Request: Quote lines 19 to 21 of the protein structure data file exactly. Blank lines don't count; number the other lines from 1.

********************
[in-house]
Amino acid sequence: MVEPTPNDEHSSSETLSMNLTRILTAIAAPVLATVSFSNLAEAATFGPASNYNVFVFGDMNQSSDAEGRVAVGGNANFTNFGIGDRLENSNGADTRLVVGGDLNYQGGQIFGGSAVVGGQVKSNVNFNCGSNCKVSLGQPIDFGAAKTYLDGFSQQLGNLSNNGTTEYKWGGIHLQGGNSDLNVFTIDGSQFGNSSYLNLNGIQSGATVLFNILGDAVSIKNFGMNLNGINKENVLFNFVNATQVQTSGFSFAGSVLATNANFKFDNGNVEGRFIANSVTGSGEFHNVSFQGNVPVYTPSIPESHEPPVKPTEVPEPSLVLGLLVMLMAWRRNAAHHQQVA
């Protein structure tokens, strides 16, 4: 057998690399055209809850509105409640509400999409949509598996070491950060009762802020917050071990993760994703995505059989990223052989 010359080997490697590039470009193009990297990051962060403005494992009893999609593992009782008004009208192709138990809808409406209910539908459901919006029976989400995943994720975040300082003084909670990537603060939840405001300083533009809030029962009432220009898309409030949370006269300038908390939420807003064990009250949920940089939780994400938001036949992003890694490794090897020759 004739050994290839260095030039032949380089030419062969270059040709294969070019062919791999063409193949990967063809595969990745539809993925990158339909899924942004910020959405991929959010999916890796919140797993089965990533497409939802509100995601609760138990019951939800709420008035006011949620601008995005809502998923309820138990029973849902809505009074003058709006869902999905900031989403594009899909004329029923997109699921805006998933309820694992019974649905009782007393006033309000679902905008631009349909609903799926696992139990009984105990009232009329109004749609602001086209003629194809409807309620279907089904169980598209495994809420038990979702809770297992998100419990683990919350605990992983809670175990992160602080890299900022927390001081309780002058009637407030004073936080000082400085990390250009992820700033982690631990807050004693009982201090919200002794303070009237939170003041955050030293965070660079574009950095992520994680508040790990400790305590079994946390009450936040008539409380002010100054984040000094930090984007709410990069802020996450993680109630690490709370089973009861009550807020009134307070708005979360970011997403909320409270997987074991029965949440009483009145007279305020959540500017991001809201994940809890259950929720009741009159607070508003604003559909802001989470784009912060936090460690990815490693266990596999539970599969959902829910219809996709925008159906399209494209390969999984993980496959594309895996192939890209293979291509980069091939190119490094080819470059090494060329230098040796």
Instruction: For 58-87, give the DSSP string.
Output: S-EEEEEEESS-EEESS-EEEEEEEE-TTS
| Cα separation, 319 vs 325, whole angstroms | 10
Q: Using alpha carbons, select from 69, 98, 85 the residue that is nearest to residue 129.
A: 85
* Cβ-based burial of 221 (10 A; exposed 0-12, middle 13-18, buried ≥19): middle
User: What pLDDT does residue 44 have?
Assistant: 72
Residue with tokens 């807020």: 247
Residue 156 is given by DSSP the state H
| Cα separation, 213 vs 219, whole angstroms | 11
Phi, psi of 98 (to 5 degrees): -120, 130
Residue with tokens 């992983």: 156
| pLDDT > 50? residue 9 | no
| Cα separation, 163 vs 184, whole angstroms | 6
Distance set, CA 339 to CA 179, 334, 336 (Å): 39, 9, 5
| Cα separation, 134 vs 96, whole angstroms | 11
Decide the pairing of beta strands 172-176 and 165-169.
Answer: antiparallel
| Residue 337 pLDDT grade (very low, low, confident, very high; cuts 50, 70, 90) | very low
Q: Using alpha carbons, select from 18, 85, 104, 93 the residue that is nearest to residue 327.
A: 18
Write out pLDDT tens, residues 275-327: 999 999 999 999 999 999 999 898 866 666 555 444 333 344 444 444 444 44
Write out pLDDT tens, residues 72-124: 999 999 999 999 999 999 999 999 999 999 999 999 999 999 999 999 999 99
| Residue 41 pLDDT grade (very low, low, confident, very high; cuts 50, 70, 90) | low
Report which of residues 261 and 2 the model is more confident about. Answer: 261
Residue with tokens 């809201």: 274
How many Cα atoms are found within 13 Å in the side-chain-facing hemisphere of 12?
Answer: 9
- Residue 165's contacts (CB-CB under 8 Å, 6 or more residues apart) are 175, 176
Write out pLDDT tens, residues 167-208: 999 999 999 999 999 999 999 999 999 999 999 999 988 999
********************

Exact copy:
Distance set, CA 339 to CA 179, 334, 336 (Å): 39, 9, 5
| Cα separation, 134 vs 96, whole angstroms | 11
Decide the pairing of beta strands 172-176 and 165-169.